peHUB Canada: Is CRS Contractors Rental Supply an example of your domain-driven approach? (Clairvest backed the Gormley, Ontario-based company in February.)

Parr: Yes. We have experience investing in equipment rental services companies, such as Light Tower Rentals of Odessa, Texas. As often happens with Clairvest, success with one company led us to go hunting for related prospects. Our research showed CRS was a top Canadian provider of construction equipment rentals, so we reached out to the owners, whom we discovered were coping with succession issues. CRS wanted a partner to address these issues and to advance new growth initiatives. They were ultimately sold on Clairvest because of our in-depth knowledge about their line of business. It also helped that representatives of the company flew down to Texas to check us out with Light Tower.

peHUB Canada: Clairvest also has a reputation for gaming investments? Do these remain a major focus?

Parr: Yes. For example, a couple of years ago we invested in Centaur, which owns horse racing and gaming assets in Indianapolis, Indiana. Unusually, Clairvest took a control position because the company was facing bankruptcy, despite its underlying value and continuous generation of solid EBITDA. The partnership between Clairvest and management enabled a cleanup of the company’s balance sheet. A measure of Centaur’s subsequent success was its acquisition in February of a second Indiana property, and its refinancing, which has returned capital to investors. I think Clairvest’s domain background served us particularly well in this instance given the solvency issues. It also created a high degree of trust with managers.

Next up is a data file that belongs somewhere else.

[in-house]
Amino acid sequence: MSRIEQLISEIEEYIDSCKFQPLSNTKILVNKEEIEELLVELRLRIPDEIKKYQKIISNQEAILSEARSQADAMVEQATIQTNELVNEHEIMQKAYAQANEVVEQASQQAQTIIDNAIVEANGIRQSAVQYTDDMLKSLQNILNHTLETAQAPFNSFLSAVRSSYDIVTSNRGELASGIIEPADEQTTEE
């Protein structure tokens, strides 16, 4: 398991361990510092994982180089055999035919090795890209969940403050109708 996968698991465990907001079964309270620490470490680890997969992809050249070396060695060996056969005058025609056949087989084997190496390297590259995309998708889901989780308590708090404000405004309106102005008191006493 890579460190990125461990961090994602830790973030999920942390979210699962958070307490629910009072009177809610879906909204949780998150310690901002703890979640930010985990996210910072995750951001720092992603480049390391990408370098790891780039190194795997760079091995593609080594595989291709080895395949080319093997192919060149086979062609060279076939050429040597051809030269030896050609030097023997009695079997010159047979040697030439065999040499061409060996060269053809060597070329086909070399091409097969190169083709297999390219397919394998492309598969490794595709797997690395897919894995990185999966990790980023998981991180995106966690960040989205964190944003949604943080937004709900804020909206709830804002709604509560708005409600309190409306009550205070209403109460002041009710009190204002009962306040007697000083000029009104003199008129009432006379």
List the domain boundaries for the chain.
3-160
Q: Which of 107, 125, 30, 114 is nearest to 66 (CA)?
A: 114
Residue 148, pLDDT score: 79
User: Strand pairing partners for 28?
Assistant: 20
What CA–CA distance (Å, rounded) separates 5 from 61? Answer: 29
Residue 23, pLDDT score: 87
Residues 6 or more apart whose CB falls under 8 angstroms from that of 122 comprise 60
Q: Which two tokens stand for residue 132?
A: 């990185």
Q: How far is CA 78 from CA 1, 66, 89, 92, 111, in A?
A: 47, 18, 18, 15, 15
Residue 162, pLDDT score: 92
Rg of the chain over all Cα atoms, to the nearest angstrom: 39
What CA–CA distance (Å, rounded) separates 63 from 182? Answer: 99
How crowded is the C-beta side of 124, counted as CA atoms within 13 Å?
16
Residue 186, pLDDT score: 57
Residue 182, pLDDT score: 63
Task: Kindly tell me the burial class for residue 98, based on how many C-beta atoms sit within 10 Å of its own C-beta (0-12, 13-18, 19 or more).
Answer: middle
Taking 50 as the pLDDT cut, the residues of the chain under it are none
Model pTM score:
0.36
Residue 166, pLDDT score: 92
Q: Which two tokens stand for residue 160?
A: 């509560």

peHUB Canada: In the first half of this year, Clairvest made three new platform investments and one add-on investment. How do you feel about deal opportunities in the months ahead?

Parr: Positive. The current market is largely a seller’s market, and we feel good about these conditions because Clairvest has traditionally exited portfolio companies through sales to large strategic players. Strategic acquisitions have become especially prominent as exit vehicles of late, and we believe this trend will continue. With respect to new deals, we’re also seeing a number of interesting things that are actionable.

peHUB Canada: Coller Capital’s recent Global PE Barometer found two-thirds of North American LPs believe too many GPs are chasing too few quality deals. Do you agree?